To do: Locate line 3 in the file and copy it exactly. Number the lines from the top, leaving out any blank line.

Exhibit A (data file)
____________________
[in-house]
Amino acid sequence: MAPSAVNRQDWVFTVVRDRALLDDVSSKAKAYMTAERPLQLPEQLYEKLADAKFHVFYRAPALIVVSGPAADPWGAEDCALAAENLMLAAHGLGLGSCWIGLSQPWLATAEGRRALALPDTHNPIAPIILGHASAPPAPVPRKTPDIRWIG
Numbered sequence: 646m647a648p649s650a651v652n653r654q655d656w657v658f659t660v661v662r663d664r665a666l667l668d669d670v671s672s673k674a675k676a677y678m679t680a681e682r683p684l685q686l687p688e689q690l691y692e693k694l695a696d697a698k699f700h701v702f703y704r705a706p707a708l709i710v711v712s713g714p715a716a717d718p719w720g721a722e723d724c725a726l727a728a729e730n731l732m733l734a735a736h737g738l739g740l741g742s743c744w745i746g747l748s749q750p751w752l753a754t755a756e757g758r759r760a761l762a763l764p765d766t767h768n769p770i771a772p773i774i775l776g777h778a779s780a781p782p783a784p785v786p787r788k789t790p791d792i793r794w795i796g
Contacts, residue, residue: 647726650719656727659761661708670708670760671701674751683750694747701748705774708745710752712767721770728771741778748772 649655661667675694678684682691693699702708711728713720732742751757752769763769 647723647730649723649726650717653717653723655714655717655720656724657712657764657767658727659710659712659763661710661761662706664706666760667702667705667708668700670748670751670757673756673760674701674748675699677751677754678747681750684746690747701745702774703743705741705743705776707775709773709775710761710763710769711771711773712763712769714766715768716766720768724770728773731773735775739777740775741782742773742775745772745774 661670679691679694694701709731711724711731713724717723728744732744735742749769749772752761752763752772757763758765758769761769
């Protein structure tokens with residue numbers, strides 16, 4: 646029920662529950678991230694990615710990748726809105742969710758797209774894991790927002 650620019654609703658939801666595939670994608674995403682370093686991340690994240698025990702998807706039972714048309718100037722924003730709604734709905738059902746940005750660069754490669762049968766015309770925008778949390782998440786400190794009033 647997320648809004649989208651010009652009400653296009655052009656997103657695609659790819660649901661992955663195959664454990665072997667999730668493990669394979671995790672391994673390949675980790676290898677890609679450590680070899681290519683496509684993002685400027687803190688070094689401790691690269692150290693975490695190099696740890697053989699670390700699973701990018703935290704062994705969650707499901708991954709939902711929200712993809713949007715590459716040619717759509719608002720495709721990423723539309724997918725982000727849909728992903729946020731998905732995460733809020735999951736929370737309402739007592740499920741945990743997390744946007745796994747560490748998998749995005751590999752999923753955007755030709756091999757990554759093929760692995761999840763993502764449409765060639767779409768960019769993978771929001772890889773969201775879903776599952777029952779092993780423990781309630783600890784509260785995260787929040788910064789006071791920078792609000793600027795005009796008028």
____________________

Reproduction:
Numbered sequence: 646m647a648p649s650a651v652n653r654q655d656w657v658f659t660v661v662r663d664r665a666l667l668d669d670v671s672s673k674a675k676a677y678m679t680a681e682r683p684l685q686l687p688e689q690l691y692e693k694l695a696d697a698k699f700h701v702f703y704r705a706p707a708l709i710v711v712s713g714p715a716a717d718p719w720g721a722e723d724c725a726l727a728a729e730n731l732m733l734a735a736h737g738l739g740l741g742s743c744w745i746g747l748s749q750p751w752l753a754t755a756e757g758r759r760a761l762a763l764p765d766t767h768n769p770i771a772p773i774i775l776g777h778a779s780a781p782p783a784p785v786p787r788k789t790p791d792i793r794w795i796g